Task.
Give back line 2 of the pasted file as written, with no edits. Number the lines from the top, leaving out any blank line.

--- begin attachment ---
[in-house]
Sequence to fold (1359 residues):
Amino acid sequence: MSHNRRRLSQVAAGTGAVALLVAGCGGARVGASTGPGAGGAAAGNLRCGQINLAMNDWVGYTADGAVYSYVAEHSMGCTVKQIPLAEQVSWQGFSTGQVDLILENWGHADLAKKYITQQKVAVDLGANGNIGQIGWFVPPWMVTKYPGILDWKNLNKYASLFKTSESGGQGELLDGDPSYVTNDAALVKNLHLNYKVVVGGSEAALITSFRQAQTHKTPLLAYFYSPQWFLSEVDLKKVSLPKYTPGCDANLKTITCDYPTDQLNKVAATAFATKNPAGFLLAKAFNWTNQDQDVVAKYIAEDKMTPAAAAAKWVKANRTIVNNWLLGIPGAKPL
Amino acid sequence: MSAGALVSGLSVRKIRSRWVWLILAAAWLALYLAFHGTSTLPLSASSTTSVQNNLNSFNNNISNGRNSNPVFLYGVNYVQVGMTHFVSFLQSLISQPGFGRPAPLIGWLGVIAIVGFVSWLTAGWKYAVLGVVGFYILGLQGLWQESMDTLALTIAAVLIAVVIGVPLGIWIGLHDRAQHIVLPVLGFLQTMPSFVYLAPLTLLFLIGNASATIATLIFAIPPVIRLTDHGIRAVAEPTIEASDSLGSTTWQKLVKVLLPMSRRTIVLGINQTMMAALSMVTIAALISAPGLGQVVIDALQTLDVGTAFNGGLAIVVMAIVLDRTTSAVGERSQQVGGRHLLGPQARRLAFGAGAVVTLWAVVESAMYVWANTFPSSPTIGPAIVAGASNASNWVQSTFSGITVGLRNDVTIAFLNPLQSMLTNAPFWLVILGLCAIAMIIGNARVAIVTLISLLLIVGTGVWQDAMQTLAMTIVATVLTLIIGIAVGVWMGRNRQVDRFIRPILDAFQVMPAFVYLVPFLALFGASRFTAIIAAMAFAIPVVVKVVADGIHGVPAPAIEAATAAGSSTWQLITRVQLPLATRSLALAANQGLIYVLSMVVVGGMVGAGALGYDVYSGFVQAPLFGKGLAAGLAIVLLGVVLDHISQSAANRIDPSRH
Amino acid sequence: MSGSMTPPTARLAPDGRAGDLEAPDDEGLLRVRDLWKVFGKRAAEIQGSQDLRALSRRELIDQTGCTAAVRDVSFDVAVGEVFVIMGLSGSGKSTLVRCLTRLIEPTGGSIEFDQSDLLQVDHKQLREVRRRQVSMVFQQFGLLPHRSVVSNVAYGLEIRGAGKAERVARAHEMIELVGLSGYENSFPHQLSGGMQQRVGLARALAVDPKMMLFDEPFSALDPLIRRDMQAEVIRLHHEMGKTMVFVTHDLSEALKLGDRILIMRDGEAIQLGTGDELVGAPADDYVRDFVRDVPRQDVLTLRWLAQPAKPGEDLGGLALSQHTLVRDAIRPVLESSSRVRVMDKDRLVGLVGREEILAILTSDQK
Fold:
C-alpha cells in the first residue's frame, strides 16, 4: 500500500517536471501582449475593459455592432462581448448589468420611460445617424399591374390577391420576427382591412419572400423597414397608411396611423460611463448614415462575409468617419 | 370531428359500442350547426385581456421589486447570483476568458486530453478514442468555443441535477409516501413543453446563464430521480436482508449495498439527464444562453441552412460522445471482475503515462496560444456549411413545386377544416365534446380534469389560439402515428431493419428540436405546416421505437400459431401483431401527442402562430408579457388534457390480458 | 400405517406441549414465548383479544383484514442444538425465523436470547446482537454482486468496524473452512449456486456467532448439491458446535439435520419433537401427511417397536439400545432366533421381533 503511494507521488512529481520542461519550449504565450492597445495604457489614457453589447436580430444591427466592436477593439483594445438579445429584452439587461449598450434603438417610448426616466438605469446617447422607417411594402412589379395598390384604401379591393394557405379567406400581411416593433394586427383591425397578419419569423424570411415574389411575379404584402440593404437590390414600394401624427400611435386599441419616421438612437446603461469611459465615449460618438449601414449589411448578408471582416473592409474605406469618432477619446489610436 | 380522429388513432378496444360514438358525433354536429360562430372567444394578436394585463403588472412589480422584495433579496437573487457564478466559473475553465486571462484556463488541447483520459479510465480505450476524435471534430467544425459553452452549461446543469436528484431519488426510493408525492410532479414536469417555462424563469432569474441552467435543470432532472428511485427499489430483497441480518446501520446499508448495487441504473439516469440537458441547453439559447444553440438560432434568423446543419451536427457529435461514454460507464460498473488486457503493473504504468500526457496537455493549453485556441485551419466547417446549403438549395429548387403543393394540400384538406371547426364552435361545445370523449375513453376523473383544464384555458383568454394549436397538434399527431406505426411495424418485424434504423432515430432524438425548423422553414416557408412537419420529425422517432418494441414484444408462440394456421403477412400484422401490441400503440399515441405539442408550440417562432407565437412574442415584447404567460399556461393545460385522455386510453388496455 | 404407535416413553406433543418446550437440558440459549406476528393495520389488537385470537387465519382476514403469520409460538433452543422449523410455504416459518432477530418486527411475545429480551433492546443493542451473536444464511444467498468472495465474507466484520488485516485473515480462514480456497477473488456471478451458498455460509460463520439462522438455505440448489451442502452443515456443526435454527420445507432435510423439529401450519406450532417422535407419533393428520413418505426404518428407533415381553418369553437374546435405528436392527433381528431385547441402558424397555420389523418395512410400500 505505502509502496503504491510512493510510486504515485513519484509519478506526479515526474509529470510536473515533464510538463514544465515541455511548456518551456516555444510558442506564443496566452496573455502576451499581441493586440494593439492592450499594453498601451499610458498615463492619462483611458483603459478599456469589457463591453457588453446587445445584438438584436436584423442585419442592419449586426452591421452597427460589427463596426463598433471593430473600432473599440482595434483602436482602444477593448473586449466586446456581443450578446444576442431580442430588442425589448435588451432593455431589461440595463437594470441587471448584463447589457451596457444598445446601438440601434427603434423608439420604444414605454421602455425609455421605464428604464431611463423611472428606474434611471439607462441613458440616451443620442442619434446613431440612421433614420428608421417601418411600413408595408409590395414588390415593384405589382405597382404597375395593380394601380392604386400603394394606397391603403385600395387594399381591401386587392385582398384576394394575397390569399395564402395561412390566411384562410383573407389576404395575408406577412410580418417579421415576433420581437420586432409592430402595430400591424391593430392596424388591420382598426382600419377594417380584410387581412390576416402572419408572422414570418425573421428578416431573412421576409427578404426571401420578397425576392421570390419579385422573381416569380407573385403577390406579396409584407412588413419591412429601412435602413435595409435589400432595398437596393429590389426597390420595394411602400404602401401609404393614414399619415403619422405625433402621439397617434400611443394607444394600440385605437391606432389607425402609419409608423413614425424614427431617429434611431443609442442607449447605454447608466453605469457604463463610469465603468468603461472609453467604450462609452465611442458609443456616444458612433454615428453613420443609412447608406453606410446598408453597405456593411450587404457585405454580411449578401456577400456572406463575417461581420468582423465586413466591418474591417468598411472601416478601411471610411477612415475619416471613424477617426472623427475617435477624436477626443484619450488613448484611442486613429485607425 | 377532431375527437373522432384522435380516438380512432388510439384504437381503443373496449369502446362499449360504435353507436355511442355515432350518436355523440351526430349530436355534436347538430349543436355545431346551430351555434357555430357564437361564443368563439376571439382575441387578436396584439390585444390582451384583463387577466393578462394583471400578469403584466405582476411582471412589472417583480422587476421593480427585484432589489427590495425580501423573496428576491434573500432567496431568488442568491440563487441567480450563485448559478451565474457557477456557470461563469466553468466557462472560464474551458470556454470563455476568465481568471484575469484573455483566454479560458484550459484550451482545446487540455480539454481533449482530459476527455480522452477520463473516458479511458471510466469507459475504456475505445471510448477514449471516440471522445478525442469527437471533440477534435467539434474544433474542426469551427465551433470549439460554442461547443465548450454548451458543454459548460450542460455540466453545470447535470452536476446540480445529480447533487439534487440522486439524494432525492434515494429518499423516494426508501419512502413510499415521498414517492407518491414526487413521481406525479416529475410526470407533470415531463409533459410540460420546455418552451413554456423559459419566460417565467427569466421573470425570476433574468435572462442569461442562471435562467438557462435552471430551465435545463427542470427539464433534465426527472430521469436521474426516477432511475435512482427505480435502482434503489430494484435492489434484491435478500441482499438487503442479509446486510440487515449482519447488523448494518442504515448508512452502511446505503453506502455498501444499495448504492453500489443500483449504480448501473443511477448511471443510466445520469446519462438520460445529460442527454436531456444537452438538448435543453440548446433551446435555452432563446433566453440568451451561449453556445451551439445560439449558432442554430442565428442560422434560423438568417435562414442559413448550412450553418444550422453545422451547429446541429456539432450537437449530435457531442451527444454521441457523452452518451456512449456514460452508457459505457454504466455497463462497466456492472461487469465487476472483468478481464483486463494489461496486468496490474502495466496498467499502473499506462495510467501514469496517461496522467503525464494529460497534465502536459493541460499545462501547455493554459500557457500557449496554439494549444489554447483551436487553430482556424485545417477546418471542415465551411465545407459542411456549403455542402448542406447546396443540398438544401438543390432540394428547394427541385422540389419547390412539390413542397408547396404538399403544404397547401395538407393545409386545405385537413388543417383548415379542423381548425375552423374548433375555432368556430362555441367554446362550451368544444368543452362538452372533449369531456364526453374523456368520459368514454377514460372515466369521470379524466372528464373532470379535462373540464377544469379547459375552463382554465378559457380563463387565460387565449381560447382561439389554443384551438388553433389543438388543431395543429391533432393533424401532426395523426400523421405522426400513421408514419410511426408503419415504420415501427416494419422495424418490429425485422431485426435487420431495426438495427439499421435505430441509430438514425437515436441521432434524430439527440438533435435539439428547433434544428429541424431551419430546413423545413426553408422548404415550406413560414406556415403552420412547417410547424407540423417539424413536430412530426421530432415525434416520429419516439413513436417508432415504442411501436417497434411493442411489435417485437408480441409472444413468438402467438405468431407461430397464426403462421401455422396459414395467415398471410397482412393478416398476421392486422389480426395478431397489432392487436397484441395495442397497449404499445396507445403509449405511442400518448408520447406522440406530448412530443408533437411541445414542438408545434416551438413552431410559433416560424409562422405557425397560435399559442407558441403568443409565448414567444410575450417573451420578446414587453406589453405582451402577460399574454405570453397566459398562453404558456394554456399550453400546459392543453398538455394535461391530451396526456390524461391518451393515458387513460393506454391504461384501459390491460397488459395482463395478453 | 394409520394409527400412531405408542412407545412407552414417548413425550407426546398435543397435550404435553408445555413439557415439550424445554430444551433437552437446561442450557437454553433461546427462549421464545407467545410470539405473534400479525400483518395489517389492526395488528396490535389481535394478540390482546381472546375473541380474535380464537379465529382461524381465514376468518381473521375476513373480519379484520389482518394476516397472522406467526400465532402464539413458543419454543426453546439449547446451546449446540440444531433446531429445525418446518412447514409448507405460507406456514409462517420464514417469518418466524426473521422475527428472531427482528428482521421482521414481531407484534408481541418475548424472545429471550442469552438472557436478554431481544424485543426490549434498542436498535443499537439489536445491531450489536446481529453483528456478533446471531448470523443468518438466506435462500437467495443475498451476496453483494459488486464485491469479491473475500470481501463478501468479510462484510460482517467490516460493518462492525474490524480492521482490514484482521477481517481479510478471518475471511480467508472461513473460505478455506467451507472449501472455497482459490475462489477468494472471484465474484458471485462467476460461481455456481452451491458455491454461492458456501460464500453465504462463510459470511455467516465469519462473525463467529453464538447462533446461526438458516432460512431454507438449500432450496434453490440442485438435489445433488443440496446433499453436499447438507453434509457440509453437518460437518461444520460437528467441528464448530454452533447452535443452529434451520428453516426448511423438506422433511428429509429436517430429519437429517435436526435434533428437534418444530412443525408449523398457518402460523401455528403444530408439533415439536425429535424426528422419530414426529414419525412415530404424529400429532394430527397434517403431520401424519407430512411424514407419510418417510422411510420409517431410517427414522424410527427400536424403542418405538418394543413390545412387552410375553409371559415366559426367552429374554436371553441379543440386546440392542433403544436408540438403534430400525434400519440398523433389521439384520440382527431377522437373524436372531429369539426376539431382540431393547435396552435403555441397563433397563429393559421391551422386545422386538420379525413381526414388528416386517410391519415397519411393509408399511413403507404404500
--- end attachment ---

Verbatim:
Sequence to fold (1359 residues):